P-45 mountain lion no longer faces the death penalty

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The mountain lion known as P-45 has been granted a reprieve by the owner of 10 alpacas that the big cat is suspected of slaughtering recently.

Victoria Vaughn-Perling will work with the California Department of Fish and Wildlife and the National Park Service toward a goal of having authorities capture the animal and then decide whether to relocate it in the Santa Monica Mountains or place it in captivity, her attorney, Reid Breitman, said Thursday.

State officials on Monday issued a permit to Vaughn-Perling to kill the mountain lion, after the 5-year-old predator was suspected of killing 10 alpacas and injuring two others on Saturday at ranches off Mulholland Highway and Little Sycamore Canyon Road, said Andrew Hughan, a spokesman for the state Department of Fish and Wildlife.

The attacks drew national attention and sparked an outcry among some animal welfare activists, who called it unfair to punish the puma for acting on its instincts.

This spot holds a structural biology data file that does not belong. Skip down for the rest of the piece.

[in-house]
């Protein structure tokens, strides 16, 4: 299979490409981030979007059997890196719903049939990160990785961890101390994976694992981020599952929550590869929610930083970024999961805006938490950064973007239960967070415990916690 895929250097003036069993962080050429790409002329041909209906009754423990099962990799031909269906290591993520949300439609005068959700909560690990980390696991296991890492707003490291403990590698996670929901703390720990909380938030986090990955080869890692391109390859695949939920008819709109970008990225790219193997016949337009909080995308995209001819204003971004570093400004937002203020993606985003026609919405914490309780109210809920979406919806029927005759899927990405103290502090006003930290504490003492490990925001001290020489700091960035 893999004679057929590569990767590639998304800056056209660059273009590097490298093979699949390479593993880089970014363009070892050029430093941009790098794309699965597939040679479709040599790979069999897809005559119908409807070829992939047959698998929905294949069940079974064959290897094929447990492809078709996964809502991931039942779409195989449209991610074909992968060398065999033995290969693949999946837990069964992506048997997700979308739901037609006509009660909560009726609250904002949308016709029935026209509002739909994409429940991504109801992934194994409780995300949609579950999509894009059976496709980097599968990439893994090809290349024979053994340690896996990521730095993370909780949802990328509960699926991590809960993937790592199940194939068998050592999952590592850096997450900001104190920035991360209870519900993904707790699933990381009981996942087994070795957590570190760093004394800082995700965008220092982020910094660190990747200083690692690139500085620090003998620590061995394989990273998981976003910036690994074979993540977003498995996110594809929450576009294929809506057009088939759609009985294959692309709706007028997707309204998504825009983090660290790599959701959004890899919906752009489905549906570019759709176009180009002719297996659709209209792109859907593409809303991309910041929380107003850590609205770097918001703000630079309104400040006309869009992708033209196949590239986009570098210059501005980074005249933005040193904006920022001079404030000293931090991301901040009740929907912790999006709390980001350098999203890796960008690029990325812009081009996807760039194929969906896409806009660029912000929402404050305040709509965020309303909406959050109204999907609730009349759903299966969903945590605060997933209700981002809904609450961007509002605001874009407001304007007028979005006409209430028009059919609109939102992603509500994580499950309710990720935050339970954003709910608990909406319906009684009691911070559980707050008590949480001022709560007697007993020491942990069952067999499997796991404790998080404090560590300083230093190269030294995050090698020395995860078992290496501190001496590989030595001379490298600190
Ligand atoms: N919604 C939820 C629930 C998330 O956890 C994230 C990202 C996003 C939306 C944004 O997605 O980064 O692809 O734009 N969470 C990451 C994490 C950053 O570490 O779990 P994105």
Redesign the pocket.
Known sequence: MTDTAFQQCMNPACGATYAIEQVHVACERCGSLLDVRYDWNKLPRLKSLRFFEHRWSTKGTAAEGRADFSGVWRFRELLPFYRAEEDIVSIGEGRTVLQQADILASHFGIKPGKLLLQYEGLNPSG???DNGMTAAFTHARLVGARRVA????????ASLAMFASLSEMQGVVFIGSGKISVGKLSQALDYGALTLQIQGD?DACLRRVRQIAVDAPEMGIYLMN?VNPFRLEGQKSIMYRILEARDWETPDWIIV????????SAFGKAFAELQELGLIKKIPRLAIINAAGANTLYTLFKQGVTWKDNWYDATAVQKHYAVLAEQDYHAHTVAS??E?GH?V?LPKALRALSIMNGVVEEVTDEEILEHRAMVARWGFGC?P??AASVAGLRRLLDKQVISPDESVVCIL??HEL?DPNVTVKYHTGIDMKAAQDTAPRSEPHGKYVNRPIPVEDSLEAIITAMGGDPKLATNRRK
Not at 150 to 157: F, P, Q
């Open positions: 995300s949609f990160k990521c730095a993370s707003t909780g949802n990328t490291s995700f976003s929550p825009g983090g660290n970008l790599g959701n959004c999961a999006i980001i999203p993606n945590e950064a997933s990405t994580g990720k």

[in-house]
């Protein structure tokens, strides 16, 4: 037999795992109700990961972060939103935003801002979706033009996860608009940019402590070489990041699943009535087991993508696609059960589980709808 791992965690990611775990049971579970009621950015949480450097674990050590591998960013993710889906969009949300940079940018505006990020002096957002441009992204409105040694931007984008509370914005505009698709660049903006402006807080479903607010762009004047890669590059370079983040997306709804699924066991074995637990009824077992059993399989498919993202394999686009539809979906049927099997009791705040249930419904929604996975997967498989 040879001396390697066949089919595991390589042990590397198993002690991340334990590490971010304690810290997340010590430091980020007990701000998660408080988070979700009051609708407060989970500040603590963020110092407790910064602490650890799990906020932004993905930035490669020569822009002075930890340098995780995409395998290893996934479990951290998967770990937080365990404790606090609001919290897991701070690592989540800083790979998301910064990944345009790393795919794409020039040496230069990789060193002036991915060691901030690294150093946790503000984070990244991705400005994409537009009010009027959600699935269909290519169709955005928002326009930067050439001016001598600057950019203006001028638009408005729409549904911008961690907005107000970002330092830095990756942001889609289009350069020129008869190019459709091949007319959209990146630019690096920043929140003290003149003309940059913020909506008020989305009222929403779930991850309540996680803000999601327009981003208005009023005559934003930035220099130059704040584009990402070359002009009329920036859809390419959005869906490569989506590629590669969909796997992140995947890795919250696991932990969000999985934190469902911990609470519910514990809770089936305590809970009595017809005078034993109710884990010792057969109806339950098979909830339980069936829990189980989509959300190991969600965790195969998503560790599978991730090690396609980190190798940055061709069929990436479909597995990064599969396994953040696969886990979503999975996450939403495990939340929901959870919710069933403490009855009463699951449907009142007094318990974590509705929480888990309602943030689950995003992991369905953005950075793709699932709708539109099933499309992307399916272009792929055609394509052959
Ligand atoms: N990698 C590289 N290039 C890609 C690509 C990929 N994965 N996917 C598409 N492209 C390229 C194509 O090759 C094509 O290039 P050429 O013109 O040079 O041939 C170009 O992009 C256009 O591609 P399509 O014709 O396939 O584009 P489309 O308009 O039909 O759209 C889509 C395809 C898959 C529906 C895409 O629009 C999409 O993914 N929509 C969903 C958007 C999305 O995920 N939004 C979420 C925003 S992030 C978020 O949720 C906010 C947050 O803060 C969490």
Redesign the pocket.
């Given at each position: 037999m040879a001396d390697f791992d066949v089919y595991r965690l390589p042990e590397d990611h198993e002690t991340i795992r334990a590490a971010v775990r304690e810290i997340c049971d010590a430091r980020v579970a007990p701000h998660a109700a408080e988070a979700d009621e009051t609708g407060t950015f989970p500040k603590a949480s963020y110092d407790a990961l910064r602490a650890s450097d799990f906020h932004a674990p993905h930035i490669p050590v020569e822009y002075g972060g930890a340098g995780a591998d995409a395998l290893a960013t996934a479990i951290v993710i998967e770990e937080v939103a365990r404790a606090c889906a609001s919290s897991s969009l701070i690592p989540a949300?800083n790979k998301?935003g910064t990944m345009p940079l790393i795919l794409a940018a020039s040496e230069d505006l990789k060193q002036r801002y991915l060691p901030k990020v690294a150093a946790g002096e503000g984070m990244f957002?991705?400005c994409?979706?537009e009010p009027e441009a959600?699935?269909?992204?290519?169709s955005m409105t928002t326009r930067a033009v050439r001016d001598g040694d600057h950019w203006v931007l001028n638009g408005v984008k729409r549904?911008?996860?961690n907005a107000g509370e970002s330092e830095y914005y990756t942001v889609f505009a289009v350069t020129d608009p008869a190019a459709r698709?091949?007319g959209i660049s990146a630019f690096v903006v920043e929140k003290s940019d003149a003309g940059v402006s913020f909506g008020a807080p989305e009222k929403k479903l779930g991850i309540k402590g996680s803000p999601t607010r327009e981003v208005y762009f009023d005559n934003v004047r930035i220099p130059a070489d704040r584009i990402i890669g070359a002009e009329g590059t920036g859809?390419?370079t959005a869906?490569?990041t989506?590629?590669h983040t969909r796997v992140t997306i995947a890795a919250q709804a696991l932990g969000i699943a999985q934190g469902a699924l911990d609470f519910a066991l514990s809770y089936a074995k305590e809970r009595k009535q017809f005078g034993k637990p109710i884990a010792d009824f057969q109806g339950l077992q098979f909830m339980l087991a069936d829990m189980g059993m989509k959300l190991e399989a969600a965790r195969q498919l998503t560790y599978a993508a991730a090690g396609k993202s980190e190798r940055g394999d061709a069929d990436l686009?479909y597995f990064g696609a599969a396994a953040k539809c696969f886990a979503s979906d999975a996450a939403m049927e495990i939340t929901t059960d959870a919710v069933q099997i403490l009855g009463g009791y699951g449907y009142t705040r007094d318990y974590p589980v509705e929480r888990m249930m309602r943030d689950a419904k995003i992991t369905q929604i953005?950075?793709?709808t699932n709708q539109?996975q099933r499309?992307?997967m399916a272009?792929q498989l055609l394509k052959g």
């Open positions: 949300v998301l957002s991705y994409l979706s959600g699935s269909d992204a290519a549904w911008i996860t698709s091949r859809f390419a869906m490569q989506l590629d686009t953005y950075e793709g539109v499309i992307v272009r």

“Victoria initially took out the state depredation permit thinking it allowed her to kill the mountain lion or have it captured and relocated,” Breitman said.

By Thursday, however, wildlife activists and local ranchers in the Malibu hills persuaded her to seek other options, including accepting donations that would enable her to build lion-proof enclosures for her livestock, he said.

Vaughn-Perling also decided to let state wildlife authorities determine “the best approach: either relocate the mountain lion in the Santa Monica Mountains or place it in captivity,” Breitman said.

L.A. County Supervisor Sheila Kuehl issued a statement Thursday regarding the resolution of the fate of P-45.

“I am very grateful to the property owner for her willingness to work with my office, the National Park Service, the National Wildlife Federation, and others, to spare the life of one of the precious few mountain lions left in our Santa Monica Mountains,” Kuehl said. “This is a great example of the constructive ways that government, residents, nonprofits and activists can work together to forge a common-sense solution that is a win-win for wildlife and ranchers.”